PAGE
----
Jeff Wolfe

Delco Times

When it comes to depending on defense contracts to fuel the economy, Delaware County leans pretty hard on our armed forces.

According to the Center for Security Policy, county businesses had 1,396 defense contracts in 2011 for a total of almost $2.9 billion, easily the highest amount of defense contracts for any county in the state. Next was Allegheny County at $1.6 billion and then Montgomery County at $1.2 billion.

A big part of those contracts involved the Boeing facility in Ridley Township, where the V-22 Osprey is partially assembled and the Chinook CH-47 helicopter is completely assembled. The defense contracts for Boeing in Ridley Township in 2011 totaled more than $1.2 billion.

While Boeing, which has about 6,200 employees in Ridley Township, has the biggest stake in defense contracts in the county, several other smaller businesses also depend on at least some percentage of government contracts for their businesses. According to the Center for Security Policy, there were more than 150 county businesses that had defense contracts of some kind, including 20 of $1 million or more in 2011.

However, some of those contracts may be hanging in the balance depending on what happens in Washington, D.C., in the next few months. Back in August 2011, the Congress and Senate passed the Budget Control Act of 2011. And both U.S. Reps. Bob Brady, D-1, of Philadelphia, and Pat Meehan, R-7, of Upper Darby, who each represent parts of Delaware County, voted for the act.

The act included a stipulation that if the Congress and the president do not enact a joint committee bill by Jan. 15, 2012, to reduce the budget by $1.2 trillion between the Fiscal Year 2012 and 2021, it would trigger an automatic sequestration, or cancellation of budgetary resources by Jan. 2, 2013.

That cancellation would include a 10-year, $500 billion cut to the nation’s defense budget. That has already been bad news for one county business and could very well affect others.

“We are 100 percent dependent on the Department of Defense, so this is a really major impact for us,” said Lawrence D’Andrea, the president of Alloy Surfaces in Chester Township, which announced earlier this week it will be laying off 145 of its 400 employees. “We are looking into the commercial sector for our technology, but it will still take a few more years.”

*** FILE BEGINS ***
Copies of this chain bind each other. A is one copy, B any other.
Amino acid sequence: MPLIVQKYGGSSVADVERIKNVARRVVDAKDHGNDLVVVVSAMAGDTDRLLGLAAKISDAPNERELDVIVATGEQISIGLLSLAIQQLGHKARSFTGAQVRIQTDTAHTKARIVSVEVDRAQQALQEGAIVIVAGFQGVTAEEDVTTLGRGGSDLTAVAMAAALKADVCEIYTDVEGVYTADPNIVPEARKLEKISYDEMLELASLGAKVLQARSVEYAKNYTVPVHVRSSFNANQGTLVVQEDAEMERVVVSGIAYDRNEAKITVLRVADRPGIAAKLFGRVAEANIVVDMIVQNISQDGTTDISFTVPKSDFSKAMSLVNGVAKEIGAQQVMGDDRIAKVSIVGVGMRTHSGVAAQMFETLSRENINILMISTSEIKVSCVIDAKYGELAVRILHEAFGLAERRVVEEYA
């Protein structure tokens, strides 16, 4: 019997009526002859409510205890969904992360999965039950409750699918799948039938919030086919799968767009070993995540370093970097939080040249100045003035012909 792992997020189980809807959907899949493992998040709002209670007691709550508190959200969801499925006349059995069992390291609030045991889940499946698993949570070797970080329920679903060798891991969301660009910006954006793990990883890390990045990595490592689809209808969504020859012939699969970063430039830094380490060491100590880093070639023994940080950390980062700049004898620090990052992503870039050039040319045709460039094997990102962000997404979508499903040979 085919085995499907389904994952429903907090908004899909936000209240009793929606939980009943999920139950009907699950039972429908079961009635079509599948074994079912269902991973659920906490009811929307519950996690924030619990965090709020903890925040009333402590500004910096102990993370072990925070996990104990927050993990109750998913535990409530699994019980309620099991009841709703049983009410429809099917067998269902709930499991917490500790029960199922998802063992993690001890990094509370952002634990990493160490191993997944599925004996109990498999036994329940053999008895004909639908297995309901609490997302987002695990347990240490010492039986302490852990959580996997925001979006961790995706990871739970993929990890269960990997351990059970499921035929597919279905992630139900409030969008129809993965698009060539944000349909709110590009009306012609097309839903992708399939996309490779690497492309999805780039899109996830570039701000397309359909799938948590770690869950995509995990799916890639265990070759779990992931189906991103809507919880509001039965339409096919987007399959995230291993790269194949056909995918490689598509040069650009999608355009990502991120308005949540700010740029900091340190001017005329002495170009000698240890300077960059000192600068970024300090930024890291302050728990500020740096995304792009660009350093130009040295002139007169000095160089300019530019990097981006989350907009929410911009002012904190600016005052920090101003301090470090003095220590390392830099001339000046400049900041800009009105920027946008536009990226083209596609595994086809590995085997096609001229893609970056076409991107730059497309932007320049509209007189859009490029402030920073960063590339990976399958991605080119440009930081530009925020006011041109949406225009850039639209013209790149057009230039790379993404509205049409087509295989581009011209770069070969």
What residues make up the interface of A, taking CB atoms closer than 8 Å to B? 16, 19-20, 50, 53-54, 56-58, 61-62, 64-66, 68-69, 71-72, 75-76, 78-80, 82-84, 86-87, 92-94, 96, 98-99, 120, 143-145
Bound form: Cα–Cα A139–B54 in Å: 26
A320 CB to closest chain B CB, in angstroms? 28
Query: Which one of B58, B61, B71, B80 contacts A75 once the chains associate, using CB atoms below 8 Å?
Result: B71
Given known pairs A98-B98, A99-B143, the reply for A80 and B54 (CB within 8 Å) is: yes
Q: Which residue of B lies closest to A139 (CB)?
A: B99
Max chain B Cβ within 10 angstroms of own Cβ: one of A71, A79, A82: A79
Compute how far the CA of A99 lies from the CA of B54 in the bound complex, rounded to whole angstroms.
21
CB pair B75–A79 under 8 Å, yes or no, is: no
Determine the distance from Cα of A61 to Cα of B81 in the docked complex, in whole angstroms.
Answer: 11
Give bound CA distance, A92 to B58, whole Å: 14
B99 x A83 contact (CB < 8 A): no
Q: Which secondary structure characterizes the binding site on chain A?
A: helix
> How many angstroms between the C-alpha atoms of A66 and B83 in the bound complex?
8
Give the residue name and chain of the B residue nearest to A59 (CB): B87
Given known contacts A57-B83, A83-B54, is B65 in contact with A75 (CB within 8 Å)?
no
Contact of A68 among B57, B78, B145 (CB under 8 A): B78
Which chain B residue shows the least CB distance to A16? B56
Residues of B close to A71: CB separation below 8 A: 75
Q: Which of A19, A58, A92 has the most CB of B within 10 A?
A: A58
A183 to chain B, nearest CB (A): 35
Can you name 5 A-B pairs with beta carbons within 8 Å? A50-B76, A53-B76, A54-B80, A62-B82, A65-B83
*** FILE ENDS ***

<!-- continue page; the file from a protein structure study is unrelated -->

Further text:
Alloy Surfaces is the world’s only manufacturer of special material decoys and has had contracts with the Army, Navy and last year with the Royal Australian Air Force.

When it comes to military aircraft, Boeing has long been a top producer for the U.S. and is in the final portion of five-year contracts for the V-22 and the Chinook. The V-22 contract began in March 2008 and the Chinook contract began in the August 2008. Boeing has also made multi-year contract proposals to the government to continue production of the V-22 and Chinook, which have received support in Washington.

“It’s simply too early in the process for anybody to speculate about (the) impact of sequestration for any one program,” Boeing spokesperson Damien Mills said.

When the Budget Control Act of 2011 was passed, most in Washington didn’t envision the sequestration ever coming to fruition. But now that it’s growing closer, Brady at least hopes there can be an agreement before the Jan. 2 deadline.

“I’m deeply concerned about the threat of sequestration and its impact on our regional and national economies,” Brady said. “There’s no doubt that local companies that hold defense contracts are crucial to our national defense. We want that procurement to go forward. I was against the use of this tool and believed that cooler heads would prevail and the sequester would not be used.

“I remain hopeful, but not confident that the House’s majority leaders will be able to finally bring their conference to a place where they can vote on a meaningful compromise to end this disaster.”

One of the sequestrations biggest disasters is that it hinders long-term planning by the consumers and the producers.

“We usually have five years,” D’Andrea said. “But now we may only have one year. Some of them (the customers) do not know what their requirements will be. The customers have been great and we try to do some really progressive planning to let them know what I can do to help.”

For the moment, D’Andrea and other business leaders simply have to hope for the best.

“It’s a complex process,” D’Andrea said. “We’ll all get through it.”


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